Lion, a text written by Saroo Brierley is based on his story and experiences on his journey from his home country in India to his now home, Australia. The story shows how Brierley belonged to various places in life including his first home in India until he was 5, and then eventually moving to his new home in Australia where he lived and is living the rest of his life. Brierley also belonged to a range of people and had two families, both his real Indian family, Kamla, Kallu, Gudu and Shekila, as well as his adoptive parents, John and Sue Brierley. Lastly Brierley shows us how he belongs and fits in with different communities throughout the text.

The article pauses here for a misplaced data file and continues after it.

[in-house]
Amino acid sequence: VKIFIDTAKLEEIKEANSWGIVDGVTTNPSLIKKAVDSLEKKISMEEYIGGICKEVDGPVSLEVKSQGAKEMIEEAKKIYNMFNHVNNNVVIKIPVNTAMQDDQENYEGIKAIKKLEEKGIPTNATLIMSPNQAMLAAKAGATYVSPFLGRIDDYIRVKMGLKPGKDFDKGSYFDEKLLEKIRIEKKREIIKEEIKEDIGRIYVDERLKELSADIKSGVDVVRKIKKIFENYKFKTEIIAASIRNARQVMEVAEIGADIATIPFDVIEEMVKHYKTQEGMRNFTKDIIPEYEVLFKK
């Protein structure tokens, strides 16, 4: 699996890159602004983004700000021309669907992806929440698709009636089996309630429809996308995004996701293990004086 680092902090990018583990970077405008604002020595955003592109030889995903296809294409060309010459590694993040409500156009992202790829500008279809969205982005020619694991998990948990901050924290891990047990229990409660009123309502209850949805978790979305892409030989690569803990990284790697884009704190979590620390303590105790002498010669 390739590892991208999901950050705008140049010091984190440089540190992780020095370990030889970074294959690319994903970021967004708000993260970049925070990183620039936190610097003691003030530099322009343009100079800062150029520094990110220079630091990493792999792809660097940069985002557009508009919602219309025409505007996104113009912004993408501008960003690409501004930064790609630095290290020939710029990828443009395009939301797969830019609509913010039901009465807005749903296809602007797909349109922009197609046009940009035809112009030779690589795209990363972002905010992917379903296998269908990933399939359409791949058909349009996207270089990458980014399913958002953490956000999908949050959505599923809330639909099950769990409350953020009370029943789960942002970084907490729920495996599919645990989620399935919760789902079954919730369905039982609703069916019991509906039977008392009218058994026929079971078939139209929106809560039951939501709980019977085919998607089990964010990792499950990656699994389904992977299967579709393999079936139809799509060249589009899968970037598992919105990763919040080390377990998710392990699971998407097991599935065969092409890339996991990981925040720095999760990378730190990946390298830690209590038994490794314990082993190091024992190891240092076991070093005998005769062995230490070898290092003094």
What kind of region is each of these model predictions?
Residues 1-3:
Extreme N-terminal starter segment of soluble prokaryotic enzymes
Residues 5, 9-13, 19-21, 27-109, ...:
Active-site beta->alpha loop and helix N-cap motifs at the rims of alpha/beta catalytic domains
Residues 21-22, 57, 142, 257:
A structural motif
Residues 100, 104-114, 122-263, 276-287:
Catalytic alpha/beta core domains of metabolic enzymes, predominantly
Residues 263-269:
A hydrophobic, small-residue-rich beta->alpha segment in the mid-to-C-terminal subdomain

Saroo Brierley belongs to a variety of places because of how his journey and life story has played…show more content… Once the 5 year old Saroo became separated from his brother Gudu however the feeling of belonging was quickly swept away. Because the young boy had only ever been in and around his small town of Ganesh Talai he didn’t know how the outside world worked making him feel alone and not knowing what to do or where to go. Saroo describes this feeling of not belong, “The opening up of the city beyond the station made me feel more lost than ever” p42. As the young Saroos journey through India progresses he slowly starts to get the feeling of belonging again through the people he meets. When he meets a young man who takes Saroo to the police to try and find his parents. After 2 months of searching Saroo is bought into an orphanage. Saroo had a much stronger sense of belonging in the orphanage as there were kids like himself lost or misplaced. This feeling quickly changed however when he found out he was never going to find his parents and was going to move to Australia. Throughout the entire journey to Australia, Saroo saw things he’d never seen before making him feel more and more out of place in the modern society he was now apart…show more content… Saroo spends his infant and young child life in his small town of Ganesh Talai with his Indian family and Indian community within the town and the country. This was the place and community he belonged to the most and if he hadn’t of got lost he would’ve spent most of, if not all his life there. Once Saroo does become lost however he is left with little sense of belonging in his new surroundings. The community of the train station he was lost in was completely different to his home with made rush and urgency throughout the people. Saroo had never witnessed or felt this before which further added to the sense of not belonging. Once he had been found and processed by police into one of their youth detention centres Saroo realised he did belong in this environment either saying, “In the home, I couldn’t get away – I was living with kids with all manner of problems, including criminal and violent children who were too young to be jailed” p70. Even when he went to his new home in a Australia designed to be a fresh start, Saroo still did not fit in within the white community. It was only after he started to learn English and become engulfed in the western culture did he start to fit in within the Australian community. After Saroo left his hometown of Ganesh Talai he rarely felt a sense of belonging within the community he was in, this only changed when he was westernised and started